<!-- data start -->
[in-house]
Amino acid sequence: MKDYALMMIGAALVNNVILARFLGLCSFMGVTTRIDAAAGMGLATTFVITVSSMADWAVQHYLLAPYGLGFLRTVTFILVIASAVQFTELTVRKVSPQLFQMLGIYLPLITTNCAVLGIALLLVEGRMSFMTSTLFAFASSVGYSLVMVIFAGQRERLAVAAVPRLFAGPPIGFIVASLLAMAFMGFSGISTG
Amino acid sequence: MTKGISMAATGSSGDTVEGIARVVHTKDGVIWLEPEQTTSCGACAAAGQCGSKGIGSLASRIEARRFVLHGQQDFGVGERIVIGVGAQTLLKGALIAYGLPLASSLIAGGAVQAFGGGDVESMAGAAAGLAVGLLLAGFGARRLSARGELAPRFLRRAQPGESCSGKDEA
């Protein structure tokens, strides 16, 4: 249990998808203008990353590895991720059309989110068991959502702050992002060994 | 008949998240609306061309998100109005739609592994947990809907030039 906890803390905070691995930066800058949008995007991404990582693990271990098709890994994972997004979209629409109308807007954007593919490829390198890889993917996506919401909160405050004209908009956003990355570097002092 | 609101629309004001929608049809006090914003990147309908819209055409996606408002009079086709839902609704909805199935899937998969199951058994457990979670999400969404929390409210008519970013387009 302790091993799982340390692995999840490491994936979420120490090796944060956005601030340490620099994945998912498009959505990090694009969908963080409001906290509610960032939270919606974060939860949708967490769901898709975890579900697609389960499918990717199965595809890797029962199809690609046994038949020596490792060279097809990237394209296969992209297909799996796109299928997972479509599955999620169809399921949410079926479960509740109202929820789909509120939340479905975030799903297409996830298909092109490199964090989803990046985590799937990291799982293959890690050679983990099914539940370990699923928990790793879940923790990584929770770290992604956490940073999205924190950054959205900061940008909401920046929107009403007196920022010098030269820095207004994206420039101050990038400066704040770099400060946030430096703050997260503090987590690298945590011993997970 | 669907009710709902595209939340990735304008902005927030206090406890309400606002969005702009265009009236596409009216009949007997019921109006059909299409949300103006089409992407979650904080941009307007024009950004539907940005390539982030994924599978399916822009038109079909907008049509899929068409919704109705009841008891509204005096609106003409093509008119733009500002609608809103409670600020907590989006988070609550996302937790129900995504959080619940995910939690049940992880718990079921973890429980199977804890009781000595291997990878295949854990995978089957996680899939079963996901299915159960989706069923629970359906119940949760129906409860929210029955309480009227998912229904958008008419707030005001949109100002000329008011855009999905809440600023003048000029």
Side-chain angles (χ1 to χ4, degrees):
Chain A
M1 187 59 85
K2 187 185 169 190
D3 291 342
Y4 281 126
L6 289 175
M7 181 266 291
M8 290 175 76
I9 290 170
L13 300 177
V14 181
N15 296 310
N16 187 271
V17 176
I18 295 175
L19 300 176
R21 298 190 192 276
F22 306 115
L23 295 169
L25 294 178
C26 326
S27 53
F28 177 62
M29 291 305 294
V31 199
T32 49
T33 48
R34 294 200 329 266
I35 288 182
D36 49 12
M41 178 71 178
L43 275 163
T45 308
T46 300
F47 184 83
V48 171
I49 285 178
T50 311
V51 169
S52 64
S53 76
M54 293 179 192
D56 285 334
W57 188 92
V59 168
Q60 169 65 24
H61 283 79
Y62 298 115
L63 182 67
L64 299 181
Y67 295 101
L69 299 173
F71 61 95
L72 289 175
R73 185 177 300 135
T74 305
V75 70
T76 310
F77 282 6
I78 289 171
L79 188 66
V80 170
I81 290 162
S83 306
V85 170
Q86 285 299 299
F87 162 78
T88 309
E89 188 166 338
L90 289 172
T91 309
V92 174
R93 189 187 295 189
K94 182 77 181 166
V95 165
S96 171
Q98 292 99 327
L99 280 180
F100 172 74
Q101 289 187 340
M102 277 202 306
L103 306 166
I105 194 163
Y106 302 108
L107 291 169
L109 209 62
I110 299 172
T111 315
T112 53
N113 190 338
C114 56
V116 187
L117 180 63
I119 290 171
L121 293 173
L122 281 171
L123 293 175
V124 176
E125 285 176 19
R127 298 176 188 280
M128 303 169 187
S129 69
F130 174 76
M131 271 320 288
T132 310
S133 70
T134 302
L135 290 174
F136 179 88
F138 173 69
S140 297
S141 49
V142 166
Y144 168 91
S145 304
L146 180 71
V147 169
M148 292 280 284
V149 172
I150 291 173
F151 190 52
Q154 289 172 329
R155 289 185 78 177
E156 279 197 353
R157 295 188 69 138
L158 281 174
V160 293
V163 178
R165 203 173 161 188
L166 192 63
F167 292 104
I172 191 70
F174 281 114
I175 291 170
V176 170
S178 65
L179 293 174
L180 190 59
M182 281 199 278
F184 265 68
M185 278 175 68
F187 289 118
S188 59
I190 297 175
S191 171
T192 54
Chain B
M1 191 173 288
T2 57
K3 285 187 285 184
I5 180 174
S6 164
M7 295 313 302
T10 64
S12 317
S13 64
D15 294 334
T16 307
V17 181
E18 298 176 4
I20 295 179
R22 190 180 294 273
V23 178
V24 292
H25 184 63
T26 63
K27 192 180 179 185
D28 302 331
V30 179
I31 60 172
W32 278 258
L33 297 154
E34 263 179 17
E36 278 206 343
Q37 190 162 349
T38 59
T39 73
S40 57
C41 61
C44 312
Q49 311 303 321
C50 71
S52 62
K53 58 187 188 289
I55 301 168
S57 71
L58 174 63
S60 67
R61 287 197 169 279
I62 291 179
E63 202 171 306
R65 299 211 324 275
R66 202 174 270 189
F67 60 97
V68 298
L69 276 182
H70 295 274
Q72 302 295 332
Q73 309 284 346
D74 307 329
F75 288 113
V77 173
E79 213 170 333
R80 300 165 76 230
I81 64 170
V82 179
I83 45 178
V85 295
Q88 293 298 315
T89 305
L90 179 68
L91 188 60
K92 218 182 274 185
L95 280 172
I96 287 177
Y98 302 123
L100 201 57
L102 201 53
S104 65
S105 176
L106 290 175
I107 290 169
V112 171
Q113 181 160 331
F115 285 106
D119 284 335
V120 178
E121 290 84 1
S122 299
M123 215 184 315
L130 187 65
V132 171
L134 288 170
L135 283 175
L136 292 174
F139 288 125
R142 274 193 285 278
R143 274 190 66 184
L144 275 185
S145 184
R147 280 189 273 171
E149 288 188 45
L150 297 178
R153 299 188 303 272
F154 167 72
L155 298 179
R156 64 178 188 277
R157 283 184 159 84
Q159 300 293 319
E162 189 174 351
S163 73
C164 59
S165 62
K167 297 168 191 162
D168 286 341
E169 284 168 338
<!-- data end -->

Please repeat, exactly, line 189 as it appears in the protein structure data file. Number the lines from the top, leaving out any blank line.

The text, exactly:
K53 58 187 188 289